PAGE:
Brazil is awaiting the outcome of a congressional committee vote – a key step in the process to impeach President Dilma Rousseff.
The 65-member committee will decide whether to recommend impeachment over allegations she manipulated government accounts to hide a growing deficit.
Police in Brazil are preparing for protests in the capital, Brasilia.
A two-metre-high (6.5ft) metal barricade is being built to keep anti- and pro-government protesters apart.
The committee began its deliberations at about 11:00 local time (14:00 GMT), O Globo reported.
Attorney General Jose Eduardo Cordozo, speaking for the president at a bad-tempered meeting, condemned the “flawed” process.
“It is absurd to dismiss a president who has not committed crimes, nor stolen a penny. And such a process without crime or fraud, would be a coup,” he said.
But the committee’s head, Jovair Arantes, who last week said there were grounds for the impeachment process to continue, on Monday defended that decision, saying it had been backed by lawyers, economists and the media.
The committee’s vote is largely symbolic, as no matter what the outcome of it is, the full lower house of Congress will vote on the impeachment later this week or at the beginning of next.
But analysts say it will serve as an indicator of how key members of the lower house feel about impeaching the president, and media suggest the committee’s vote could be close.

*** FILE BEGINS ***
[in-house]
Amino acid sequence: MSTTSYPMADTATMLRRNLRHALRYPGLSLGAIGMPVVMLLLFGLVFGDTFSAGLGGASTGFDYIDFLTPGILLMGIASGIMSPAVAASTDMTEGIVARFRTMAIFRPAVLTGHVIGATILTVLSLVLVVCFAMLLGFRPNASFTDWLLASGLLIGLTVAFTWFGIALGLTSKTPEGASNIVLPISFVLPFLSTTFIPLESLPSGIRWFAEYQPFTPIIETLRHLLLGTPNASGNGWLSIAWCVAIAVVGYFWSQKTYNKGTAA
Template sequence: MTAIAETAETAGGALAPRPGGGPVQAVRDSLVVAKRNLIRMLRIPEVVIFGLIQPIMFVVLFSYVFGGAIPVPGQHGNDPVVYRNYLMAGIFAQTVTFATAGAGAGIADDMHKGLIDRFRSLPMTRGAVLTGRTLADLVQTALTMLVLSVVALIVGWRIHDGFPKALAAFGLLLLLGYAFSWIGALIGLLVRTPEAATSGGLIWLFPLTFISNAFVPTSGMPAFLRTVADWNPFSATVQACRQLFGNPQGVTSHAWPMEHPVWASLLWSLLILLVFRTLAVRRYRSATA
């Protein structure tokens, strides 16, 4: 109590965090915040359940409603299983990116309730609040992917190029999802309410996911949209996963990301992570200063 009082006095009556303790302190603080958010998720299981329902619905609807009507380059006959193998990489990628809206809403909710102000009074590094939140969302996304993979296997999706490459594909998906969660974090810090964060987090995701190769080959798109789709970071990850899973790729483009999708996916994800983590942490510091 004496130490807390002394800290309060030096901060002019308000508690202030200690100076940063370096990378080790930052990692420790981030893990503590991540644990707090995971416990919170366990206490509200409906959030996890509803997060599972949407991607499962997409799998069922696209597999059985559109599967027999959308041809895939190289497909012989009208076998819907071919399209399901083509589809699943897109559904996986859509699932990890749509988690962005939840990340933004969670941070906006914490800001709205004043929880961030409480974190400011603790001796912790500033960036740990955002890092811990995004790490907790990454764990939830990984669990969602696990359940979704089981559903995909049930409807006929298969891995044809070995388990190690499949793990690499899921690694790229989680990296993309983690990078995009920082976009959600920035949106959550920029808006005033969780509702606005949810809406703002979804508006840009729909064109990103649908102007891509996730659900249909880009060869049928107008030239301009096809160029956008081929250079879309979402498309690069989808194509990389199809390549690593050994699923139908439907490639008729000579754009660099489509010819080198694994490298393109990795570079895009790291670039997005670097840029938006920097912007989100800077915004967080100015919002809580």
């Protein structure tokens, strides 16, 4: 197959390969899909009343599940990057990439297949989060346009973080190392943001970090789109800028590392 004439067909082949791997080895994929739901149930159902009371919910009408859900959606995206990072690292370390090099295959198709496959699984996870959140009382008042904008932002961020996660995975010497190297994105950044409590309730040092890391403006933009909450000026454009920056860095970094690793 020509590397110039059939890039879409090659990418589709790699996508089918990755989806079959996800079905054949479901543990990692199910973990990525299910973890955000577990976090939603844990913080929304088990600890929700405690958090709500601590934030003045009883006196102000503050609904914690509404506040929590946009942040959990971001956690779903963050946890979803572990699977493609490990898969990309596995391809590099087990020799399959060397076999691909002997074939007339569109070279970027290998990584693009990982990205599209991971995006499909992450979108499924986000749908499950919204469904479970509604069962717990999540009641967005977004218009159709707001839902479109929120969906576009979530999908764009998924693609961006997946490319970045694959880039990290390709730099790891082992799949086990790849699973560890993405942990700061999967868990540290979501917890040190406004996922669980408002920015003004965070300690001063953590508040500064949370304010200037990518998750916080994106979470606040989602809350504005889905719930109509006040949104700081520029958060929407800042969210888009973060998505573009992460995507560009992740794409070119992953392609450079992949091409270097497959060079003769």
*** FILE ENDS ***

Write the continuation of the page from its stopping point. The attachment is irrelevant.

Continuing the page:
Brazilian media are reporting that more than 100 members of the 513-strong lower house are still undecided.
If Ms Rousseff, who strongly denies the allegations against her, can get 172 members to oppose the impeachment, the proceedings will be shelved.
If, however, 342 vote in favour of the impeachment, the matter will go to the Senate.
The Senate will then have to decide whether to proceed with the impeachment. A simple majority would suffice for that.
If that happens, Ms Rousseff will be suspended for 180 days while the impeachment trial continues in the Senate.
For her to be removed from office permanently, two-thirds of the Senate will have to vote in favour.
The security forces said they were expecting mass protests to coincide with the vote in the lower house with smaller demonstrations in the days preceding it.
Prisoners helped the security forces build an 80m-long metal barricade on the esplanade in front of the congressional building to keep supporters and opponents of the government apart.
Protesters have also been told to refrain from bringing inflatable dolls to the demonstrations and from wearing masks or otherwise obscuring their faces.
Dolls of former President Lula wearing prison clothing are a common sight at anti-government protests.
Brazilians are divided into those who support the government and who say the impeachment process is a coup d’etat against Ms Rousseff and those who allege that she and her predecessor in office, Lula, are corrupt.
The latest Datafolha opinion poll suggests 61% favour impeachment, down from 68% in March.
Lula is under investigation for alleged money laundering, which he denies.
Brazil’s Supreme Court is expected to rule this week on whether Lula can take up the post of chief of staff to Ms Rousseff.
Lula was sworn in to the post last month but was suspended almost immediately by a judge because of the allegations against him.